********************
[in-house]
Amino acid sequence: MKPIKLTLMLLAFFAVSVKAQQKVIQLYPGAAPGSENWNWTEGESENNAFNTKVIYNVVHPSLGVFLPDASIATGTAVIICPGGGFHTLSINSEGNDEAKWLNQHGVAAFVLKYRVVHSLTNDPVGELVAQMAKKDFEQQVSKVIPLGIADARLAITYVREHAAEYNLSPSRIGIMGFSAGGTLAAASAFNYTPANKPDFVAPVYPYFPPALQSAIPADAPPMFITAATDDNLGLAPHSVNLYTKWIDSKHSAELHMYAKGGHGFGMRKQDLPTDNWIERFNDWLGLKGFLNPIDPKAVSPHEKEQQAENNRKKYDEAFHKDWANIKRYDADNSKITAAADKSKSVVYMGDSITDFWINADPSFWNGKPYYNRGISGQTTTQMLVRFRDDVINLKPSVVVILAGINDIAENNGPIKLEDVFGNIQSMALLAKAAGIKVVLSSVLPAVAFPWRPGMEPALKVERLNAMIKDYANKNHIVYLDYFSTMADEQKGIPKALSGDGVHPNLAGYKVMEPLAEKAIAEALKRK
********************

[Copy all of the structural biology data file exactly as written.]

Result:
[in-house]
Amino acid sequence: MKPIKLTLMLLAFFAVSVKAQQKVIQLYPGAAPGSENWNWTEGESENNAFNTKVIYNVVHPSLGVFLPDASIATGTAVIICPGGGFHTLSINSEGNDEAKWLNQHGVAAFVLKYRVVHSLTNDPVGELVAQMAKKDFEQQVSKVIPLGIADARLAITYVREHAAEYNLSPSRIGIMGFSAGGTLAAASAFNYTPANKPDFVAPVYPYFPPALQSAIPADAPPMFITAATDDNLGLAPHSVNLYTKWIDSKHSAELHMYAKGGHGFGMRKQDLPTDNWIERFNDWLGLKGFLNPIDPKAVSPHEKEQQAENNRKKYDEAFHKDWANIKRYDADNSKITAAADKSKSVVYMGDSITDFWINADPSFWNGKPYYNRGISGQTTTQMLVRFRDDVINLKPSVVVILAGINDIAENNGPIKLEDVFGNIQSMALLAKAAGIKVVLSSVLPAVAFPWRPGMEPALKVERLNAMIKDYANKNHIVYLDYFSTMADEQKGIPKALSGDGVHPNLAGYKVMEPLAEKAIAEALKRK